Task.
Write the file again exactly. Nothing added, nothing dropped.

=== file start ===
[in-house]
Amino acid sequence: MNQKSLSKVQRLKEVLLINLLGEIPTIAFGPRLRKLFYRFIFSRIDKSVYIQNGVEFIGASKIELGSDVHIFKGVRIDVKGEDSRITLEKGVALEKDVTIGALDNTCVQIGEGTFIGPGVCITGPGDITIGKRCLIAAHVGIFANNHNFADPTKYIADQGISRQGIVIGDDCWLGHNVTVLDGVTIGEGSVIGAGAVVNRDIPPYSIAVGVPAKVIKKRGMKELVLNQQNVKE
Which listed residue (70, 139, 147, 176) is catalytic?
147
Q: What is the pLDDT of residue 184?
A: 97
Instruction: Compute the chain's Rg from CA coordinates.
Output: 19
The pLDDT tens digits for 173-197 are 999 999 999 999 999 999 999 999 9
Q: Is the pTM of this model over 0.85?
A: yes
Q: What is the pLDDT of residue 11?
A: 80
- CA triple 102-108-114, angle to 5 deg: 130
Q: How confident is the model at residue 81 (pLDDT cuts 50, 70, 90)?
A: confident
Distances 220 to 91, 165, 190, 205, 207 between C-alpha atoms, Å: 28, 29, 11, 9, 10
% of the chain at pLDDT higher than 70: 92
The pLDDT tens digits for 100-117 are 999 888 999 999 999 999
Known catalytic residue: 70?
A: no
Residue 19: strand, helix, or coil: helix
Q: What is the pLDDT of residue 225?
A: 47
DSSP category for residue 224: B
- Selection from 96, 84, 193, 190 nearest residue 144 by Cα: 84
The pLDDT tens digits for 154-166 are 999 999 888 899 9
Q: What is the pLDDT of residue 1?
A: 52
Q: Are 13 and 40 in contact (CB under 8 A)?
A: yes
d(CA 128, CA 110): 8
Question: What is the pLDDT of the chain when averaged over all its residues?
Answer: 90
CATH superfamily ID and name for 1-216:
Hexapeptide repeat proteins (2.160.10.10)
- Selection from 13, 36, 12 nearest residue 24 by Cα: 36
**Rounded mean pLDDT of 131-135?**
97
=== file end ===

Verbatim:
[in-house]
Amino acid sequence: MNQKSLSKVQRLKEVLLINLLGEIPTIAFGPRLRKLFYRFIFSRIDKSVYIQNGVEFIGASKIELGSDVHIFKGVRIDVKGEDSRITLEKGVALEKDVTIGALDNTCVQIGEGTFIGPGVCITGPGDITIGKRCLIAAHVGIFANNHNFADPTKYIADQGISRQGIVIGDDCWLGHNVTVLDGVTIGEGSVIGAGAVVNRDIPPYSIAVGVPAKVIKKRGMKELVLNQQNVKE
Which listed residue (70, 139, 147, 176) is catalytic?
147
Q: What is the pLDDT of residue 184?
A: 97
Instruction: Compute the chain's Rg from CA coordinates.
Output: 19
The pLDDT tens digits for 173-197 are 999 999 999 999 999 999 999 999 9
Q: Is the pTM of this model over 0.85?
A: yes
Q: What is the pLDDT of residue 11?
A: 80
- CA triple 102-108-114, angle to 5 deg: 130
Q: How confident is the model at residue 81 (pLDDT cuts 50, 70, 90)?
A: confident
Distances 220 to 91, 165, 190, 205, 207 between C-alpha atoms, Å: 28, 29, 11, 9, 10
% of the chain at pLDDT higher than 70: 92
The pLDDT tens digits for 100-117 are 999 888 999 999 999 999
Known catalytic residue: 70?
A: no
Residue 19: strand, helix, or coil: helix
Q: What is the pLDDT of residue 225?
A: 47
DSSP category for residue 224: B
- Selection from 96, 84, 193, 190 nearest residue 144 by Cα: 84
The pLDDT tens digits for 154-166 are 999 999 888 899 9
Q: What is the pLDDT of residue 1?
A: 52
Q: Are 13 and 40 in contact (CB under 8 A)?
A: yes
d(CA 128, CA 110): 8
Question: What is the pLDDT of the chain when averaged over all its residues?
Answer: 90
CATH superfamily ID and name for 1-216:
Hexapeptide repeat proteins (2.160.10.10)
- Selection from 13, 36, 12 nearest residue 24 by Cα: 36
**Rounded mean pLDDT of 131-135?**
97